5 Tips for Smartphone Voice Tools

It’s been 10 years since Apple integrated Siri into iPhone software and mainstreamed voice-launching assistants. But assistants are just one of the voice-driven tools in the ever-growing audio toolbox of smartphones. Your device can also be a digital recorder, dictation machine, podcast production studio, and more. Here’s how to get things done with more conversation and less typing.

You’ve probably already introduced Apple’s Siri, the Google Assistant for Android (and iOS), or Samsung’s Bixby during the phone setup process. You may have already tried it by listening to the weather forecast or setting a timer. However, the biggest challenge when using voice assistants is knowing the various tasks that the software can handle and the devices that the software performs (tablets, speakers, smart home hubs, automotive systems, streaming TV boxes, etc.).

The Notes app is great for writing down simple ideas, but recording audio clips can be even faster. The assistant can also open the app. You can also record interviews with relatives for family history archives and school projects.

The phone recording app works like a physical recorder. Press the record button to start and then press pause or stop to stop the session. The end result is an audio file that you can play, transfer to your computer, or back up online. There are many third-party apps, but your phone probably has its own free recording program.

Apple’s iPhone includes the Voice Memos app, and the Google Recorder app for Android can be downloaded for free from the Google Play store. Samsung has a Voice Recorder on many Galaxy phones, but we’re also making it available on the Galaxy and Google app stores.

Do I need a personal assistant to get a dictation? Or do you find typing difficult? Your mobile phone can convert your spoken language into text. Simply look for the microphone icon on your keyboard or search bar, tap it and start speaking, and the word will appear on your screen.

If you want to dictate long text, such as an email message or a section of an ongoing novel, to a word processing app, you need to call the punctuation by name. For example, say “period” at the end of a sentence, or “new paragraph” to start a new paragraph.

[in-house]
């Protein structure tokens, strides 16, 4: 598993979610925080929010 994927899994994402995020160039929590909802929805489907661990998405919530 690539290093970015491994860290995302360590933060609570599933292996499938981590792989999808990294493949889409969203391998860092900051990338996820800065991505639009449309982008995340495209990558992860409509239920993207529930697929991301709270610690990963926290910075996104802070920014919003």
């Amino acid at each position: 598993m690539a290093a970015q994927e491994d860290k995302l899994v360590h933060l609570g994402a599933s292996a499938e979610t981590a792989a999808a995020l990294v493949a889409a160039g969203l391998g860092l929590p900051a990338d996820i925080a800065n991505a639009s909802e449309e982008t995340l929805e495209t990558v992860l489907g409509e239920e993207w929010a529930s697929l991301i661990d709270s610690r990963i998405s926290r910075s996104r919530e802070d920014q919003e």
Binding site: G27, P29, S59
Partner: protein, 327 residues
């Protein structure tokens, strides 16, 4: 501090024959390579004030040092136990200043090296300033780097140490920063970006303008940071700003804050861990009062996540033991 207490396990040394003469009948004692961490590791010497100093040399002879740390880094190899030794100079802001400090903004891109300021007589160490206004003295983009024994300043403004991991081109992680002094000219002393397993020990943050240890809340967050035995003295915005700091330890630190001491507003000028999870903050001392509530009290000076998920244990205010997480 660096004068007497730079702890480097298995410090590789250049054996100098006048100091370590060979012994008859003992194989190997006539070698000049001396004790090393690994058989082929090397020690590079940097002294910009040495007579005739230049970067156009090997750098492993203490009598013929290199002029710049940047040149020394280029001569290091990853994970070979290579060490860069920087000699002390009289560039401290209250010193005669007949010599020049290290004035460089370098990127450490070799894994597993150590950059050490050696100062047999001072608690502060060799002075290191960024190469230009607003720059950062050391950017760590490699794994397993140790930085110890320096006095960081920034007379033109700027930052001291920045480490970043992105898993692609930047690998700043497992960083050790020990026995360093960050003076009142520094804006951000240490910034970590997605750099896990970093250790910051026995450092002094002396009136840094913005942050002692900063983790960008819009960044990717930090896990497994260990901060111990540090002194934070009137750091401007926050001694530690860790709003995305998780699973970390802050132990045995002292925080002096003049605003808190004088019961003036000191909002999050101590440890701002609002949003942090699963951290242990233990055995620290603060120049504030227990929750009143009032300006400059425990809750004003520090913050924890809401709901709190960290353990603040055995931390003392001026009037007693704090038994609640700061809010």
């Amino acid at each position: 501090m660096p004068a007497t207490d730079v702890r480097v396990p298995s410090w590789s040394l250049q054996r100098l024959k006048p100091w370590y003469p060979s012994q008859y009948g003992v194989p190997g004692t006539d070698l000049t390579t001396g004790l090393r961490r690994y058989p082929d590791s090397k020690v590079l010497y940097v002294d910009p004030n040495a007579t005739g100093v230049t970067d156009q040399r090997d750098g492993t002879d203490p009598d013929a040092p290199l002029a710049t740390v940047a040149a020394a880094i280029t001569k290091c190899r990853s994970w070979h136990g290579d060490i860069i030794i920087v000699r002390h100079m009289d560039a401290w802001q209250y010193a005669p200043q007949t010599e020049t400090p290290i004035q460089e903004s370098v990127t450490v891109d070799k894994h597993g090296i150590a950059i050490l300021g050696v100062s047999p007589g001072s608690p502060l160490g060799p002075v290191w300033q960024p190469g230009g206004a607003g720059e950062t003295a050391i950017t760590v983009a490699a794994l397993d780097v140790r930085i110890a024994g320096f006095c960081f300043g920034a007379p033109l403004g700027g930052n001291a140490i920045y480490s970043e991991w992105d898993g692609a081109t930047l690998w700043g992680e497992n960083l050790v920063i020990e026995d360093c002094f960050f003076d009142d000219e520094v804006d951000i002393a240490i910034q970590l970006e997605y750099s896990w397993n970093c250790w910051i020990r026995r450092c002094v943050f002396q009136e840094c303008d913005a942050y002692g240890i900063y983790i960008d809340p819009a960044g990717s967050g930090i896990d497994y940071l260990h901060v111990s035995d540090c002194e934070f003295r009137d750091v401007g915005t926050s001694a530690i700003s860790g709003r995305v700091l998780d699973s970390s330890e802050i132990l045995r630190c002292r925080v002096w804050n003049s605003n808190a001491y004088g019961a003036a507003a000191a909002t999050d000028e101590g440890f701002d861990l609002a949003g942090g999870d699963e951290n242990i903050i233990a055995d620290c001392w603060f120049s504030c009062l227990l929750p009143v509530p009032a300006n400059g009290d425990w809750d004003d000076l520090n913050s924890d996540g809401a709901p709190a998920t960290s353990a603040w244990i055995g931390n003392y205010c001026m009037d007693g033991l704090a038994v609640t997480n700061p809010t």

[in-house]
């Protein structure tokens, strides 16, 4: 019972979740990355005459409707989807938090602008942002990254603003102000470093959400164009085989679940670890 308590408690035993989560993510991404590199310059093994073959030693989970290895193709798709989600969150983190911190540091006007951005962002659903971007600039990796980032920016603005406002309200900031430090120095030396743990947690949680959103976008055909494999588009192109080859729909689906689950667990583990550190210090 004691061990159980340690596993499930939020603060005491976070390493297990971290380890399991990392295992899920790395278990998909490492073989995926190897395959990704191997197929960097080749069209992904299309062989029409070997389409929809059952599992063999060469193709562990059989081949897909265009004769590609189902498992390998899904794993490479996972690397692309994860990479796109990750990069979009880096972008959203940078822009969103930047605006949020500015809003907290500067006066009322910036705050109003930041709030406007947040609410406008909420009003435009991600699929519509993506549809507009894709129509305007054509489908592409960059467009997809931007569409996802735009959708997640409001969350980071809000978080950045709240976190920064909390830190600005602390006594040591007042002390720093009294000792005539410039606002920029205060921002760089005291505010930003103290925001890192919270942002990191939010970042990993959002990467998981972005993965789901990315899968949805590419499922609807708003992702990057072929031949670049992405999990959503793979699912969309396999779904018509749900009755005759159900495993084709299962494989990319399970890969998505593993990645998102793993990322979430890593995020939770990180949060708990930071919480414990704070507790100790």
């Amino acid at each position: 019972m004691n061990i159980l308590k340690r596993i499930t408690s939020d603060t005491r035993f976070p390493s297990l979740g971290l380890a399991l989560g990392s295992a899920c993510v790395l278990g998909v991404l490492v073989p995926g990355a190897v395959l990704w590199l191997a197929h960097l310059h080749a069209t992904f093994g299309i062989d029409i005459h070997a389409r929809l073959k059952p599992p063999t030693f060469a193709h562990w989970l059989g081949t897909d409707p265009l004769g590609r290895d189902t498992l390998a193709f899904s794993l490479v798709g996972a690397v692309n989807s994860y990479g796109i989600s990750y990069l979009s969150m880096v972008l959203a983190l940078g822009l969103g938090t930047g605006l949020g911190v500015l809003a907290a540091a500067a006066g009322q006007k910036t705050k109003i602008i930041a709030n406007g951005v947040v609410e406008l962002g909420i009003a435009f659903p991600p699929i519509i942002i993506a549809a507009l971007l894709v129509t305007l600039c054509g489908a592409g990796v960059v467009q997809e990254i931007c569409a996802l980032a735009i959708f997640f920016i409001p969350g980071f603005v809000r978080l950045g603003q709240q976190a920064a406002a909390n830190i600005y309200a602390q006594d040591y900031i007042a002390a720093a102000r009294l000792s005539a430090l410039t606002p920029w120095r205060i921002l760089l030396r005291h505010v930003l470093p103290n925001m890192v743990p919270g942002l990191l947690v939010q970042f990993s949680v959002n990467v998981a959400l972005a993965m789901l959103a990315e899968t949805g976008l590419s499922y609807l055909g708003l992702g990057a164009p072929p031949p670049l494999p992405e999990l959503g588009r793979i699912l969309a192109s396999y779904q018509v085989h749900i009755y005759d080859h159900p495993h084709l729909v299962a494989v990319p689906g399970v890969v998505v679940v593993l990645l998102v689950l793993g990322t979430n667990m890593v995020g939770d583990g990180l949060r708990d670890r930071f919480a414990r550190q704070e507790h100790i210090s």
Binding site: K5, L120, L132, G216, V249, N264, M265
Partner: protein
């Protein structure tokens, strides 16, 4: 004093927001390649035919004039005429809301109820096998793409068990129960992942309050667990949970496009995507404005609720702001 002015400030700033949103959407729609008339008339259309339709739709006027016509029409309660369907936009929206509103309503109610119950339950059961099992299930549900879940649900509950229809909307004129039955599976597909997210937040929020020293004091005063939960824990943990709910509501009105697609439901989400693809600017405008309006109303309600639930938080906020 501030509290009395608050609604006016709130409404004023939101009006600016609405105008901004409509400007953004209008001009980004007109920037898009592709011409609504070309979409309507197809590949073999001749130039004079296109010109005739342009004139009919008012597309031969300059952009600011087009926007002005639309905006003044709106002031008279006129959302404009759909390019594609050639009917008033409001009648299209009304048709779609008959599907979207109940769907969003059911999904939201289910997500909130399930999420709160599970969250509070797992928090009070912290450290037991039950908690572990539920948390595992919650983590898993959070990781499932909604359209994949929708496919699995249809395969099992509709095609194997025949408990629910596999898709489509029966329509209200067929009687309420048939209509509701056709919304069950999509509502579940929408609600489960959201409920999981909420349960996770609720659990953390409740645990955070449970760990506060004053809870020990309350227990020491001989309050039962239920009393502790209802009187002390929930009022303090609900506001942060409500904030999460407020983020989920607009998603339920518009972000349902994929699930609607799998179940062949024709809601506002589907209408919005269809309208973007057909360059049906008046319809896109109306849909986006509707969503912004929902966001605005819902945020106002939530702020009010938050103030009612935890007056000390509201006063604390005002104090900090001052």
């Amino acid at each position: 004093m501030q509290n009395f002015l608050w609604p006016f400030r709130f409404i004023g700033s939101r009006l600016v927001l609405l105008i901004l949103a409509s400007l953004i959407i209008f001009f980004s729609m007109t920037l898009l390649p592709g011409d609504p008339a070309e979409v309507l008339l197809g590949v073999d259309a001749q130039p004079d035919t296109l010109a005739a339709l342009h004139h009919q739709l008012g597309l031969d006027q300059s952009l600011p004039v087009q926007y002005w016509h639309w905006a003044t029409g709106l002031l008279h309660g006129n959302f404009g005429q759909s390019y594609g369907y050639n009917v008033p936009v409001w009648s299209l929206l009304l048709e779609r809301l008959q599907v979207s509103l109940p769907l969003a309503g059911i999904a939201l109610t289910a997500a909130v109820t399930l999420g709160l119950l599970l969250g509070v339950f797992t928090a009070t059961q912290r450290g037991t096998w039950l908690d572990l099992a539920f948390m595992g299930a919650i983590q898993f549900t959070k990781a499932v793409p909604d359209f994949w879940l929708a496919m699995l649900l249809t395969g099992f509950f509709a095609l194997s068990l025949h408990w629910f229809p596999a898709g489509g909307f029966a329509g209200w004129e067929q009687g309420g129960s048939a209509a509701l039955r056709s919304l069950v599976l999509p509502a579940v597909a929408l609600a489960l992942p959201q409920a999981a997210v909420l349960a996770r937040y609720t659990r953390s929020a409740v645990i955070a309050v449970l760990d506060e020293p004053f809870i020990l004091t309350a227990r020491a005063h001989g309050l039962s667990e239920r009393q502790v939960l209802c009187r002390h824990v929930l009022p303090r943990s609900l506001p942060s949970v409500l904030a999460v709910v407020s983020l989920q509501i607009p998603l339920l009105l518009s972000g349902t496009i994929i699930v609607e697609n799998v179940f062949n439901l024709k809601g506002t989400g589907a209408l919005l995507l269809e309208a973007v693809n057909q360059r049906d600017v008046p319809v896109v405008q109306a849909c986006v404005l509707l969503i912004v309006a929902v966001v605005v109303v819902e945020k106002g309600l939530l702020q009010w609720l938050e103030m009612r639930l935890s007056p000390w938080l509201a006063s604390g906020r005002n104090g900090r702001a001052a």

The voice recognition feature may be on (or off) by default, so check your settings. Apple’s site has guides for using the dictation feature on your device, as well as Google for Android systems (and the Gboard app for iOS). Bixby has its own Dictate feature, which is described on the Samsung site.

Audio clips share the sounds of your world. Sending voice is useful if you can’t type at the moment, but the assistant can also receive and send text messages.

To send an audio clip in Apple’s Messages app, press and hold the sonic icon in the message box to record the clip. You can preview it before sending it. (To save space[保持]Unless you select an option, audio clips are automatically deleted 2 minutes after you listen. )

Google’s messaging app for Android sends voice messages in a similar way. Simply press the microphone icon in the conversation to record the clip you want to send. However, keep in mind that if you want to send a message to someone on another phone platform, you may need to record the clip in another app and send the file as an attachment.

Podcasts have replaced blogs as a medium of self-expression for many. If you are thinking of starting your own show, you don’t need a lot of expensive equipment. Free or cheap apps such as Spotify Anchor, Podbean Audio Recorder, and Spreaker Studio for Android and iOS provide recording and editing tools directly on your phone, providing a podcast publishing and distribution platform.

5 Tips for Smartphone Voice Tools

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